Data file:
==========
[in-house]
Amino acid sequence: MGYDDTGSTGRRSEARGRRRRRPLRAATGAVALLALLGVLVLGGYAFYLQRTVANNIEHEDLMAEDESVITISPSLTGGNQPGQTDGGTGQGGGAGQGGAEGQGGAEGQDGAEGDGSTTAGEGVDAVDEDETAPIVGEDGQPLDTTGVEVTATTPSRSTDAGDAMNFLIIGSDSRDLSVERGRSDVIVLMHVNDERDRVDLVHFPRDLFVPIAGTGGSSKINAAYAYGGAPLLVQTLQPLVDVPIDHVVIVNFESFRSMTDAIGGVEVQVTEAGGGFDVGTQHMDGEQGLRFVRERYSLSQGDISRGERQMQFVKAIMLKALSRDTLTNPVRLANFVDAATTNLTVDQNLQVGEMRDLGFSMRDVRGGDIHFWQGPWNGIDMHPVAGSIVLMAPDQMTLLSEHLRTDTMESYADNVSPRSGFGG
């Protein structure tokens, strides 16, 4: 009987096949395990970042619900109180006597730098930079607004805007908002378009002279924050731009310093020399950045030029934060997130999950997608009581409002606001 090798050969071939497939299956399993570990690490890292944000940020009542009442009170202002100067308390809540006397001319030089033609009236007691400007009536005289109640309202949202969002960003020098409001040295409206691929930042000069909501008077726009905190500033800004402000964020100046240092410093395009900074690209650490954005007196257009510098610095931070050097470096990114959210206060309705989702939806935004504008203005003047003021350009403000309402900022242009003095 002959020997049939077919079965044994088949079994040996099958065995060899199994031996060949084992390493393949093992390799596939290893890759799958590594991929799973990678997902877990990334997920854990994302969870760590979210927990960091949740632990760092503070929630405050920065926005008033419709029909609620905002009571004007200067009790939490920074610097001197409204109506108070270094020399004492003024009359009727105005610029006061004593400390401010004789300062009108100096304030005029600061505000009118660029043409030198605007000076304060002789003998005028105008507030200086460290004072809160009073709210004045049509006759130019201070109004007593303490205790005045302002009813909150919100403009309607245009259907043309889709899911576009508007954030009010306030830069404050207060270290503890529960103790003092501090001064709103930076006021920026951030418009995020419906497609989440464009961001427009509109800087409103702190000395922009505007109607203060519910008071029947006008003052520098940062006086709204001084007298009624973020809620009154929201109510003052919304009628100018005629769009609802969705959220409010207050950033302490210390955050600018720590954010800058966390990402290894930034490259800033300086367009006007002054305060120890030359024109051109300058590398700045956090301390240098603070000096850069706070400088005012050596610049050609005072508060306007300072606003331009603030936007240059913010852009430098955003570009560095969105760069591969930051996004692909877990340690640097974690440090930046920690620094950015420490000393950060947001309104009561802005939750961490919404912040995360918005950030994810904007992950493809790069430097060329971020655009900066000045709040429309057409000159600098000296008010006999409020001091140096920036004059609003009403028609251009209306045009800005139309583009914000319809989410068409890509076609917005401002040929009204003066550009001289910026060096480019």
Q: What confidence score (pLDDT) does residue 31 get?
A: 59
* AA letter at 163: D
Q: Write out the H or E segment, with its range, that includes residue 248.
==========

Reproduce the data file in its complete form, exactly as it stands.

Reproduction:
[in-house]
Amino acid sequence: MGYDDTGSTGRRSEARGRRRRRPLRAATGAVALLALLGVLVLGGYAFYLQRTVANNIEHEDLMAEDESVITISPSLTGGNQPGQTDGGTGQGGGAGQGGAEGQGGAEGQDGAEGDGSTTAGEGVDAVDEDETAPIVGEDGQPLDTTGVEVTATTPSRSTDAGDAMNFLIIGSDSRDLSVERGRSDVIVLMHVNDERDRVDLVHFPRDLFVPIAGTGGSSKINAAYAYGGAPLLVQTLQPLVDVPIDHVVIVNFESFRSMTDAIGGVEVQVTEAGGGFDVGTQHMDGEQGLRFVRERYSLSQGDISRGERQMQFVKAIMLKALSRDTLTNPVRLANFVDAATTNLTVDQNLQVGEMRDLGFSMRDVRGGDIHFWQGPWNGIDMHPVAGSIVLMAPDQMTLLSEHLRTDTMESYADNVSPRSGFGG
């Protein structure tokens, strides 16, 4: 009987096949395990970042619900109180006597730098930079607004805007908002378009002279924050731009310093020399950045030029934060997130999950997608009581409002606001 090798050969071939497939299956399993570990690490890292944000940020009542009442009170202002100067308390809540006397001319030089033609009236007691400007009536005289109640309202949202969002960003020098409001040295409206691929930042000069909501008077726009905190500033800004402000964020100046240092410093395009900074690209650490954005007196257009510098610095931070050097470096990114959210206060309705989702939806935004504008203005003047003021350009403000309402900022242009003095 002959020997049939077919079965044994088949079994040996099958065995060899199994031996060949084992390493393949093992390799596939290893890759799958590594991929799973990678997902877990990334997920854990994302969870760590979210927990960091949740632990760092503070929630405050920065926005008033419709029909609620905002009571004007200067009790939490920074610097001197409204109506108070270094020399004492003024009359009727105005610029006061004593400390401010004789300062009108100096304030005029600061505000009118660029043409030198605007000076304060002789003998005028105008507030200086460290004072809160009073709210004045049509006759130019201070109004007593303490205790005045302002009813909150919100403009309607245009259907043309889709899911576009508007954030009010306030830069404050207060270290503890529960103790003092501090001064709103930076006021920026951030418009995020419906497609989440464009961001427009509109800087409103702190000395922009505007109607203060519910008071029947006008003052520098940062006086709204001084007298009624973020809620009154929201109510003052919304009628100018005629769009609802969705959220409010207050950033302490210390955050600018720590954010800058966390990402290894930034490259800033300086367009006007002054305060120890030359024109051109300058590398700045956090301390240098603070000096850069706070400088005012050596610049050609005072508060306007300072606003331009603030936007240059913010852009430098955003570009560095969105760069591969930051996004692909877990340690640097974690440090930046920690620094950015420490000393950060947001309104009561802005939750961490919404912040995360918005950030994810904007992950493809790069430097060329971020655009900066000045709040429309057409000159600098000296008010006999409020001091140096920036004059609003009403028609251009209306045009800005139309583009914000319809989410068409890509076609917005401002040929009204003066550009001289910026060096480019």
Q: What confidence score (pLDDT) does residue 31 get?
A: 59
* AA letter at 163: D
Q: Write out the H or E segment, with its range, that includes residue 248.